"My ultimate goal is to be a national champion," Wolfgram said. "My coach always says, 'Set your goals so far and so high that you have to work so hard to get them, and the little things will come along the way.' State championships are going to be nice and will be cool, but if you want to be the best, you gotta train to be the best."

While there's no official national championship where all the individual state champions go and compete against each other, there are several events around the country where wrestlers from all different states can wrestle against each other and be crowned a national champion.

Dedication to the sport: In order to accomplish that, Wolfgram has already dedicated his entire life to the sport. He spent the whole offseason between his freshman season and this season training to get better, practicing and lifting weights two or three times a week, while also taking part in several tournaments. Wolfgram said heading into this year, he already had about 25 bouts under his belt from the offseason to get him geared up for the high school season.

At about 258 pounds, Wolfgram is right in the middle when it comes to heavyweights, which has a top limit of 285 pounds. There are several heavier than him, but also some lighter heavyweights out there. Beitz describes Wolfgram as "a lightweight who weighs 250 pounds" because of his quickness and active style, making it difficult to find a training partner for him. So, Wolfgram will not only practice against the coaches, but also against lighter wrestlers on the team, which helps them become better, as well.

"Anytime your partner is practicing to get 1 percent better each day, that's going to make you, in return, a lot better," Beitz said. "That's something that the coaching staff here, we really push that when you come in, you're not only trying to get yourself better that day, but you're also being a good partner and helping your partner get better and accomplish their goals."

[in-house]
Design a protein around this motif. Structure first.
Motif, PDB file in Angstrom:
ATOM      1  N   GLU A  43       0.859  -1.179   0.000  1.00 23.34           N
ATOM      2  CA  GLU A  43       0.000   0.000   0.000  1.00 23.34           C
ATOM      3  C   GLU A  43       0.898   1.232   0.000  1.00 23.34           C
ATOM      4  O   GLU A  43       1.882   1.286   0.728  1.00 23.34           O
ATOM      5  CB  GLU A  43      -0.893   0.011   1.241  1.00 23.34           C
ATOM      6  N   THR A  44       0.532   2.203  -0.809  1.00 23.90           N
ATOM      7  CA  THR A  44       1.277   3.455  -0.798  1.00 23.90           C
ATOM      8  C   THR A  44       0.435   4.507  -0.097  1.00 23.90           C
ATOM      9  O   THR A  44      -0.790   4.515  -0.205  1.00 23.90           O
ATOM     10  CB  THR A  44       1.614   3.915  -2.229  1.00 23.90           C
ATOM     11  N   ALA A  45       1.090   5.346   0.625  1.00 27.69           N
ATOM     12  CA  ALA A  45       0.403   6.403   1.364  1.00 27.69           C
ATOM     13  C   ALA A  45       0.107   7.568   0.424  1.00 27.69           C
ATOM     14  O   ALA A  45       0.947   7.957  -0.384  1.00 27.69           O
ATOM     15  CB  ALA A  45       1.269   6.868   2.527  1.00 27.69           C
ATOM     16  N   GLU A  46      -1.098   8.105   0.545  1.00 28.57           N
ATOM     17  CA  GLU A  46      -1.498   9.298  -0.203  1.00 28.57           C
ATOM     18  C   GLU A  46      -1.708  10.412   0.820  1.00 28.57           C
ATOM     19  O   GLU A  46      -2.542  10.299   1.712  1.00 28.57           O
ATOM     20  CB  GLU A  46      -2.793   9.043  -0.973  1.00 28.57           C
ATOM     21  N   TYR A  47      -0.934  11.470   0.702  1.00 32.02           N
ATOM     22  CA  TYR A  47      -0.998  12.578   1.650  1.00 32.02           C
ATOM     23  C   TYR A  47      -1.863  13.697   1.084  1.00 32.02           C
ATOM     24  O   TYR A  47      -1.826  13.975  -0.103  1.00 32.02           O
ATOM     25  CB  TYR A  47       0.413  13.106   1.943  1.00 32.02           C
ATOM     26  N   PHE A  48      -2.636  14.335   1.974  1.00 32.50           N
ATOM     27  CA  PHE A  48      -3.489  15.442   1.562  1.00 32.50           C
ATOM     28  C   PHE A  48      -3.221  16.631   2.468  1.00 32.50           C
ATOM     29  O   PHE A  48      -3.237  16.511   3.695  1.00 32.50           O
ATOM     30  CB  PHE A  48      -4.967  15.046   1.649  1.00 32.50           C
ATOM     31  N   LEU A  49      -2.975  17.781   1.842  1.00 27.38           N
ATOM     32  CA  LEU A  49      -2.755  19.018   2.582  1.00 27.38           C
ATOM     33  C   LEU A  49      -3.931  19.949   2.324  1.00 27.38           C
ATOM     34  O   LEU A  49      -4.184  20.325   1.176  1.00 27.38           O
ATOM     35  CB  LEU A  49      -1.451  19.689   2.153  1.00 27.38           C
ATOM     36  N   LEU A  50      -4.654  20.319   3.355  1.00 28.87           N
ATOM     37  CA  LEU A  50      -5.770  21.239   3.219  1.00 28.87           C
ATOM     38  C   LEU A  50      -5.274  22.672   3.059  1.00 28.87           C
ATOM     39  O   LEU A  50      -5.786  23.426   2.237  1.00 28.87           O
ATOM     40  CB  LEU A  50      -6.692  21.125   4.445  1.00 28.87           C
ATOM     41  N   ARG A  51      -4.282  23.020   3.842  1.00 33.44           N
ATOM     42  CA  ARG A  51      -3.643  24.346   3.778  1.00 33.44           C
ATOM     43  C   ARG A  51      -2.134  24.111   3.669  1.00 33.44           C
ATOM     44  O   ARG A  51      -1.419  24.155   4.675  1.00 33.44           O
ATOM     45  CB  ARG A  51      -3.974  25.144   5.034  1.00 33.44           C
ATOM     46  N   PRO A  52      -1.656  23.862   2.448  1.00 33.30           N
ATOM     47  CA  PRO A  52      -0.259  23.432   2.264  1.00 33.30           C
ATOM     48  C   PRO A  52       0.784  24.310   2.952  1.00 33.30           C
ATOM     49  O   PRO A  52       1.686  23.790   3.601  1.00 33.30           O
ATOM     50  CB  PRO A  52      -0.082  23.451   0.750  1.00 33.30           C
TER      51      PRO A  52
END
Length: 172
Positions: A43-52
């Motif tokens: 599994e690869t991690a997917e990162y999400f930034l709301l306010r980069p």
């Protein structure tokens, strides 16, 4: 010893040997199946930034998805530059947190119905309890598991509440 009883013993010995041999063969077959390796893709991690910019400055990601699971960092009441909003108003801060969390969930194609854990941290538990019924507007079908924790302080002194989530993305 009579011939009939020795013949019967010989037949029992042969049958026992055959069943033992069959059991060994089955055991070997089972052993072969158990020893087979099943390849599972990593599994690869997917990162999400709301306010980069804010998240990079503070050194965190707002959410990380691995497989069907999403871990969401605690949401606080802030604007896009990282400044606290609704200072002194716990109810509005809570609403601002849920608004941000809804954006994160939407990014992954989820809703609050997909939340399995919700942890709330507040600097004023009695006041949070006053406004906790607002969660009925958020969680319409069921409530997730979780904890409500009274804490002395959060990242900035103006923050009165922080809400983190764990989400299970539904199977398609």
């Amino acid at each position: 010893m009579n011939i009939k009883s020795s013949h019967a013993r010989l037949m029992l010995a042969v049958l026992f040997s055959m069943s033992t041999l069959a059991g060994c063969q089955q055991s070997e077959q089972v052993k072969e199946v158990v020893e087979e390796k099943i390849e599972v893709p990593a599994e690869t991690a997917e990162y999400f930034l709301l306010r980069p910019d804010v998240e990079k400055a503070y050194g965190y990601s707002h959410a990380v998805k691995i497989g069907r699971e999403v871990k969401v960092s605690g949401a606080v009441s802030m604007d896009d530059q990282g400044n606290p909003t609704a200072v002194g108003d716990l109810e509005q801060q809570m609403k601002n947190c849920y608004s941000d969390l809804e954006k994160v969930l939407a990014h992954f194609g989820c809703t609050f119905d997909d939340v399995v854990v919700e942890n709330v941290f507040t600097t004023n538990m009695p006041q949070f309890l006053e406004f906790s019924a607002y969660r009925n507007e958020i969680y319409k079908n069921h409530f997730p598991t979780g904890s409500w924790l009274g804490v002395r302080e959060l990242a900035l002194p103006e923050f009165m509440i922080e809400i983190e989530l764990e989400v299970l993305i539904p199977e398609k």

Central York heavyweight wrestler Michael Wolfgram talks with Coach Seth Beitz during practice, Tuesday, Feb. 14, 2017. John A. Pavoncello photo

Joining elite ranks: There are boards in the Central York wrestling room that list the names of every wrestler to come through the program who has qualified for districts and/or states, as well as placed in sectionals, districts and/or states. As expected, the names become fewer and fewer as the boards progress in stature.

When this season is said and done, Wolfgram expects to join the elite ranks of Central wrestlers to put his name on the "state medalist" board.

And then he'll look to do it a couple more times before he finally graduates.

— Reach Patrick Strohecker at pstrohecker@yorkdispatch.com

Sectional sites

Following are the two sectional sites that York-Adams schools will compete at on Saturday.

District 3 Class 3-A Section 4 at South Western, 7:30 a.m.: Central York, Dallastown, Dover, Gettysburg, New Oxford, Northeastern, Red Lion, South Western, Spring Grove, Susquehannock, Waynesboro, West York, York Suburban and York Tech. Note: Top four advance in each weight class.

District 3 Class 2-A Section 4 at Bermudian Springs, 8:30 a.m.: Bermudian Springs, Biglerville, Delone Catholic, Eastern York, Fairfield, Hanover, Kennard-Dale, Littlestown. Note: Top three advance in each weight class.

Following are other sectional sites for District 3

Class 3-A: Section 1 at Gov. Mifflin. Section 2 at Hempfield. Section 3 at Mechanicsburg.

Class 2-A: Section 1 at Hamburg. Section 2 at Central Dauphin East. Section 3 at Susquenita.